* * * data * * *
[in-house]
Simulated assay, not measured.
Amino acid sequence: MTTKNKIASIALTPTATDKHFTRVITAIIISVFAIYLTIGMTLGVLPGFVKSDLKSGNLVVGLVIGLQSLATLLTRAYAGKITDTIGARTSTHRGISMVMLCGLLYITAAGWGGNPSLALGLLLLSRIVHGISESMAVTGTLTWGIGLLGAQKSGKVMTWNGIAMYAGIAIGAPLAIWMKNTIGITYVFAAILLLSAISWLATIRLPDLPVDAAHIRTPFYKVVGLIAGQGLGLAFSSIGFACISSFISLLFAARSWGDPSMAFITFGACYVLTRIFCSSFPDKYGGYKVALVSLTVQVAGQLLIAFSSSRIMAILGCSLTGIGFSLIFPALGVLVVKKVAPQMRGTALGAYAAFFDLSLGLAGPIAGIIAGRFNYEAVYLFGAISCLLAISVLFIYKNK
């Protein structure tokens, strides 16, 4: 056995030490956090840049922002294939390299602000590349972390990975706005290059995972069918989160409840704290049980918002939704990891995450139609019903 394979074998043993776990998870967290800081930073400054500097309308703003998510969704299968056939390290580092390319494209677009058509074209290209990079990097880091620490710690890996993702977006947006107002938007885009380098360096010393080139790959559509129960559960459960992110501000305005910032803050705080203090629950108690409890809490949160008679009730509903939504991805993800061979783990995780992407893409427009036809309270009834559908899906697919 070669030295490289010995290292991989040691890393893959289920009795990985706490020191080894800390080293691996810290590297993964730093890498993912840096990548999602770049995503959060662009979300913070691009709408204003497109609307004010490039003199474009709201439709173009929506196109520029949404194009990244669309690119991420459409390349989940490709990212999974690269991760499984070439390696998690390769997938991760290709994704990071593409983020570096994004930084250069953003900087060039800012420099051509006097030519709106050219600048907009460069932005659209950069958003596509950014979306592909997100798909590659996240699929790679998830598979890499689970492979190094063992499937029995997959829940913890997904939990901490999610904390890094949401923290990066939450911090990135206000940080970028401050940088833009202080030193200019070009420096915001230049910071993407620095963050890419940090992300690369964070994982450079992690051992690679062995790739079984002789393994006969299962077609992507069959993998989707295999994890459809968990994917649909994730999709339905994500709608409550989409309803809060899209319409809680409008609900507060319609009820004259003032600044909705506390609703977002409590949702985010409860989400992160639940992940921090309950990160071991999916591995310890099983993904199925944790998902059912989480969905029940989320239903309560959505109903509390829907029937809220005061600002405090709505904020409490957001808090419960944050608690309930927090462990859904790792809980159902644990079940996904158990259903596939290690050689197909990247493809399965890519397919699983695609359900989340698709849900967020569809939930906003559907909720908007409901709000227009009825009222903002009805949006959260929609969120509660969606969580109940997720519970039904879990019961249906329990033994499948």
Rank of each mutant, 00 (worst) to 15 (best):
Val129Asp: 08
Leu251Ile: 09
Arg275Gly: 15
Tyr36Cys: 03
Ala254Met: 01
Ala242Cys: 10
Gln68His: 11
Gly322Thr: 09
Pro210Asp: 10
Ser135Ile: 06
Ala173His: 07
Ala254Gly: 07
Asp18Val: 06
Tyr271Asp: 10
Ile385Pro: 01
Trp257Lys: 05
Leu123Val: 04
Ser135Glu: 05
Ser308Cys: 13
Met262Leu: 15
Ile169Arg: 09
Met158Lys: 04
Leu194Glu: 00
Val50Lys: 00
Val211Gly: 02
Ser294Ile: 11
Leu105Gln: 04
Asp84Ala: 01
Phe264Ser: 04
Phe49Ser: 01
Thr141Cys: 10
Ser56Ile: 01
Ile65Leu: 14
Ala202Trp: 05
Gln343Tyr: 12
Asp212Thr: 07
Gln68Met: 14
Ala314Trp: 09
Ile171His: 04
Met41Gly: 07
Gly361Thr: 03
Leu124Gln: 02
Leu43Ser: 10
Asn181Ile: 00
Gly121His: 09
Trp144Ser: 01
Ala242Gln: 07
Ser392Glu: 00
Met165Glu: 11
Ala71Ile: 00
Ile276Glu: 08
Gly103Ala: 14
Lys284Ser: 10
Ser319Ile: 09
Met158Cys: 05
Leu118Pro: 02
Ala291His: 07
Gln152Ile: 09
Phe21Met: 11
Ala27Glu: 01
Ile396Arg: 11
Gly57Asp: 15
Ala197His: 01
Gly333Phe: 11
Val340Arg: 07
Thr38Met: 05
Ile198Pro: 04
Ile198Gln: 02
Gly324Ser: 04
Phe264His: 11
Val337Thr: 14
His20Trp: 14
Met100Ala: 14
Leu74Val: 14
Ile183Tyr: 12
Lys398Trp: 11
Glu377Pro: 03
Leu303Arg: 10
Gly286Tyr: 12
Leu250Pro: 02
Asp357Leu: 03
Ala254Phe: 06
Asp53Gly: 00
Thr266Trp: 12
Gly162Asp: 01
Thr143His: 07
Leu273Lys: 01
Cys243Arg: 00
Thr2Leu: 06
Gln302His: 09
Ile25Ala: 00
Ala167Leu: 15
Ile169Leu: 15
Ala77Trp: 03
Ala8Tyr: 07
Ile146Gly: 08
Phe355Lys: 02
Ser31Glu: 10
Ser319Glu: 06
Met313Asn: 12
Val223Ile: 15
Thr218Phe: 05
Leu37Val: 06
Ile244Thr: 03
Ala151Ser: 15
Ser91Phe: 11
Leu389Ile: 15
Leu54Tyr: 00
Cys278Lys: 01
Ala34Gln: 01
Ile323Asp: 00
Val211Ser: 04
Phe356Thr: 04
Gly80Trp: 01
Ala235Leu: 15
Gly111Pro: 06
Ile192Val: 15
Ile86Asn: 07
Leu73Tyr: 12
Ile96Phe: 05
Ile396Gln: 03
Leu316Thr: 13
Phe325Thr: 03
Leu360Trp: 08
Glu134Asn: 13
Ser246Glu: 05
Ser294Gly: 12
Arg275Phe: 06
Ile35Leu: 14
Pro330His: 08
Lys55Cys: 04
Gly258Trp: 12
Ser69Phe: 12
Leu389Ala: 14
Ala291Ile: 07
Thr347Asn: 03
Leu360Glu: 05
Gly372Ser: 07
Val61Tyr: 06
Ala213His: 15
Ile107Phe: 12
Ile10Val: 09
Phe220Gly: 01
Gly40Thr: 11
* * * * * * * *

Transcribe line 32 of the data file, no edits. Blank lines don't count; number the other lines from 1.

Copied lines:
Leu105Gln: 04